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The clincher came on the 17th, when Snedeker chipped in from the front of the green to take a four-shot lead into the final hole. He never looked at a leaderboard all day. He was unaware that Moore finished with three straight bogeys, and only figured he had a comfortable margin against Rose.

In his worst swing of the day, Snedeker hammered a hybrid into the grandstands on the 18th, leading to a meaningless bogey.

There were times when golf could have felt meaningless. Snedeker had to miss five tournaments this summer, including the U.S. Open, with a rib injury that might have cost him a chance at making the Ryder Cup team. U.S. captain Davis Love III picked him anyway because he wanted good putters.

If there were any questions about that pick, Snedeker answered them.

“He’s looking pretty good, yeah,” Woods said.

More than his own small injury, Snedeker endured a year in which his father had a liver transplant. More recently, the son of his swing coach suffered critical injuries in a car crash. Tucker Anderson, in a responsive coma, was transferred to an Atlanta hospital, and Snedeker went by to see him Sunday morning.

The teen couldn’t speak, but the message came through.

“I asked him if he thought I was going to beat Rory McIlroy, and he gave me a wink,” Snedeker said.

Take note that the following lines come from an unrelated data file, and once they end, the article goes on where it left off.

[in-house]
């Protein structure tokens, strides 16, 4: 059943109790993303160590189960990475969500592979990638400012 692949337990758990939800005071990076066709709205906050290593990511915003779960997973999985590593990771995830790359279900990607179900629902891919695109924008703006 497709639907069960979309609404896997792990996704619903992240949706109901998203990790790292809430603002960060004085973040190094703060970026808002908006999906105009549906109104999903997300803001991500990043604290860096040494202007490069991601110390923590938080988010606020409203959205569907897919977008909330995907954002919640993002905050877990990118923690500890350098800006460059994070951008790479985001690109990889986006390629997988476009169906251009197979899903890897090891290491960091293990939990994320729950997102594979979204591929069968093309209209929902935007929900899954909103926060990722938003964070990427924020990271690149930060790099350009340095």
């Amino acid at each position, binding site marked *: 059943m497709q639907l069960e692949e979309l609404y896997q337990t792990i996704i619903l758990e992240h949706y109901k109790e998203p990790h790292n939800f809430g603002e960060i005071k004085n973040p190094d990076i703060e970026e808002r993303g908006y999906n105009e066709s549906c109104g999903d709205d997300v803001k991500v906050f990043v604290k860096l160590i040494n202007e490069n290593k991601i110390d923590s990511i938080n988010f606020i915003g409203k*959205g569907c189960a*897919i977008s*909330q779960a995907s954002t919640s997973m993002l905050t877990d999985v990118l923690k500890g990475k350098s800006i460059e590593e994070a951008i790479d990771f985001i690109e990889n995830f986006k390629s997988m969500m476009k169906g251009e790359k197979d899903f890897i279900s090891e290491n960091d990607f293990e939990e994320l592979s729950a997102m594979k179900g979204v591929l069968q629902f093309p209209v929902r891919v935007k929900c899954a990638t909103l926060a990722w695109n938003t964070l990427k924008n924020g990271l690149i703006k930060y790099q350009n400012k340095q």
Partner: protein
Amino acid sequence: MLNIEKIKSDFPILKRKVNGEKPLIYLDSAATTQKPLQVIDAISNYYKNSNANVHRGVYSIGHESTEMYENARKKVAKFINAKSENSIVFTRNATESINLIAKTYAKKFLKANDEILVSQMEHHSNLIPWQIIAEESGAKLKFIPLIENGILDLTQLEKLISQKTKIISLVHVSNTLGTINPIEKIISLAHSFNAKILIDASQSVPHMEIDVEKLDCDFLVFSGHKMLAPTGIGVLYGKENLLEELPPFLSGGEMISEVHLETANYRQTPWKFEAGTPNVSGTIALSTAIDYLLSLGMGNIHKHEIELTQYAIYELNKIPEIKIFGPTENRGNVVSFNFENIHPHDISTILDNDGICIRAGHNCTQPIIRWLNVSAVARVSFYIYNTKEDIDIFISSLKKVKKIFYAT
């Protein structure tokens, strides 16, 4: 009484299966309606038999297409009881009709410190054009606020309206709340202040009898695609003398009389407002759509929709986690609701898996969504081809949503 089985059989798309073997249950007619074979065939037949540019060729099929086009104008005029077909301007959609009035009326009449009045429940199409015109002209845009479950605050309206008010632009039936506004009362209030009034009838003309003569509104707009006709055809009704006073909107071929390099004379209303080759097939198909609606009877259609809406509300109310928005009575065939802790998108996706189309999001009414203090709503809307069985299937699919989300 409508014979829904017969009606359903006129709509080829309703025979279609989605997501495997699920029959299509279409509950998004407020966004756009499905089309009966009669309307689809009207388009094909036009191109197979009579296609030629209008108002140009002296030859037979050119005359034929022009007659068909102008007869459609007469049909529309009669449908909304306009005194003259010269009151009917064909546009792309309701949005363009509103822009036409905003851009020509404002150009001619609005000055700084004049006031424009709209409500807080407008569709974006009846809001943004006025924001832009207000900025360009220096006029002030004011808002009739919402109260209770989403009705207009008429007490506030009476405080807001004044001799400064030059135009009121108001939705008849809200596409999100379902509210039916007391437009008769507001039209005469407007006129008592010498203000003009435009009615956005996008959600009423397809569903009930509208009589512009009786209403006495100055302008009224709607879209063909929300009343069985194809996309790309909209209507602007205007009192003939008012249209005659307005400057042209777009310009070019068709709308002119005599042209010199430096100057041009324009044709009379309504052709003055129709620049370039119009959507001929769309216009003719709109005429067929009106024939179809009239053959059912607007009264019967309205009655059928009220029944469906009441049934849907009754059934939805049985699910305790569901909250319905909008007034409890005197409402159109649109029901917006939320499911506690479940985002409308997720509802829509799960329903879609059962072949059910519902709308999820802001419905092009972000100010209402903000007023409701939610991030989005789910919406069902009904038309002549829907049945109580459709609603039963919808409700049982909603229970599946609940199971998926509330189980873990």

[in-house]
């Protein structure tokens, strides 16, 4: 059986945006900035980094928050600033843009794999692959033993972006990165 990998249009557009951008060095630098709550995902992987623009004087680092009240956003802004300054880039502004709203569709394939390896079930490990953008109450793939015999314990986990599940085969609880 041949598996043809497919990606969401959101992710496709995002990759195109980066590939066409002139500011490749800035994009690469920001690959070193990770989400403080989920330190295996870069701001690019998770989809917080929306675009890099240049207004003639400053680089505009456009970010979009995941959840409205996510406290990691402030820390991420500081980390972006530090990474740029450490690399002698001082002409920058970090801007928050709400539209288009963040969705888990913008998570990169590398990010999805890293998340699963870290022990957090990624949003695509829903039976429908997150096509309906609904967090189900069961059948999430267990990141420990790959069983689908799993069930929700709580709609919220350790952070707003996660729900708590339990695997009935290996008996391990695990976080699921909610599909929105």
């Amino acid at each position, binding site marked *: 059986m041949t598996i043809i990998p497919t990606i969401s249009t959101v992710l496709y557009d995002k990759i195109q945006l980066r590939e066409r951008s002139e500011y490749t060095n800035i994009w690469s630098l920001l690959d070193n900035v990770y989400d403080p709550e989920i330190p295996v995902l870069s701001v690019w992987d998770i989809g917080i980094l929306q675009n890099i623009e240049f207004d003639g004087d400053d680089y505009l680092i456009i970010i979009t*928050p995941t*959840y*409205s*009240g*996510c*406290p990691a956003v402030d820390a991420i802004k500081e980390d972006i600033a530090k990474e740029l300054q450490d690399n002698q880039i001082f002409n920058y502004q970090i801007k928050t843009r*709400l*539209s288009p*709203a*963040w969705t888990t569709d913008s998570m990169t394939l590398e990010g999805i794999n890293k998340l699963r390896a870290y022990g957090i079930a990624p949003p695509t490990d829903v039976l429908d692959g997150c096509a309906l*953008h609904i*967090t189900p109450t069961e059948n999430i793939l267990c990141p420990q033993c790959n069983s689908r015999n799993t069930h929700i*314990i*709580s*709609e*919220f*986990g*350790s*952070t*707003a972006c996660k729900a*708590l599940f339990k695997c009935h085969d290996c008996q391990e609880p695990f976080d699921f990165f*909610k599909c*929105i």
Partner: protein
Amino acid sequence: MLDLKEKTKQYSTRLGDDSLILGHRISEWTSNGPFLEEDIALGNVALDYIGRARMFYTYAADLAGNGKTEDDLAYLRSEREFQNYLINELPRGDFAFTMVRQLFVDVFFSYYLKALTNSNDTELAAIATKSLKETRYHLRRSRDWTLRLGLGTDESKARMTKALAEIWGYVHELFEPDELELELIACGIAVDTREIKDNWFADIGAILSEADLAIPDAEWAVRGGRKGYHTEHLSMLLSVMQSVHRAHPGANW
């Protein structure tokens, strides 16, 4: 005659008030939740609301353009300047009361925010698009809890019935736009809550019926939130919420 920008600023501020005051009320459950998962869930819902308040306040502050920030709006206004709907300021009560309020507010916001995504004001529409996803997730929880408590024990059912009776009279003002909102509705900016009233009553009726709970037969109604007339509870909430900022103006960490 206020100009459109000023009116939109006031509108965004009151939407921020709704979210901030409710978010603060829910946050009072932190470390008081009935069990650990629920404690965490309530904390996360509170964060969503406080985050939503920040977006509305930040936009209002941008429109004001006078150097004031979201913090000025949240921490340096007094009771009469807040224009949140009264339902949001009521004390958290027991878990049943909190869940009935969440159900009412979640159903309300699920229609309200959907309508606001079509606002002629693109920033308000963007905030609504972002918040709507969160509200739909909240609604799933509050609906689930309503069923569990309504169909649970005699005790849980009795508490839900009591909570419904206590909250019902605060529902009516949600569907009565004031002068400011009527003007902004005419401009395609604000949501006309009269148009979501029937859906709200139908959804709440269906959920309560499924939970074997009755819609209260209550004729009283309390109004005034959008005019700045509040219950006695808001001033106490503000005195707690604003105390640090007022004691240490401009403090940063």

Equally impressive as his win was how Snedeker handled the notion of an $11.44 million payday ($1 million of the FedEx Cup bonus goes into his retirement fund). He called a sum that size “like winning the lottery,” before explaining a little bit more about who he is and how he was raised.

His father always taught him not to buy anything he couldn’t pay for, and Snedeker has followed the instruction. He has a house in Nashville, Tenn., that he said was “not grandiose.” He still drives the SUV he bought after he made it to the PGA Tour six years ago.

“I’m not by any means a flashy guy,” he said. “Of anybody that I know, I do not need $11 million. So there are going to be things we can do to really help people. So that’s the way I look at it. This is unbelievable to be financially stable for the rest of my career. As long as I’m not an idiot, I should be fine, really. I really think we can make a difference and help a lot of people out in Nashville and Tennessee and the surrounding areas.”

Next up is a tournament that doesn’t pay a dime. Snedeker was headed to Chicago on Monday for his first Ryder Cup. A performance like this can only help.

“I’m not under any illusion of being calm next week,” he said. “I know it’s going to be a very pressure-packed week. But I am going to use today as a huge thing to fall back on next week. I played against the best in the world this week for 72 holes and I beat them.”

At just the right time.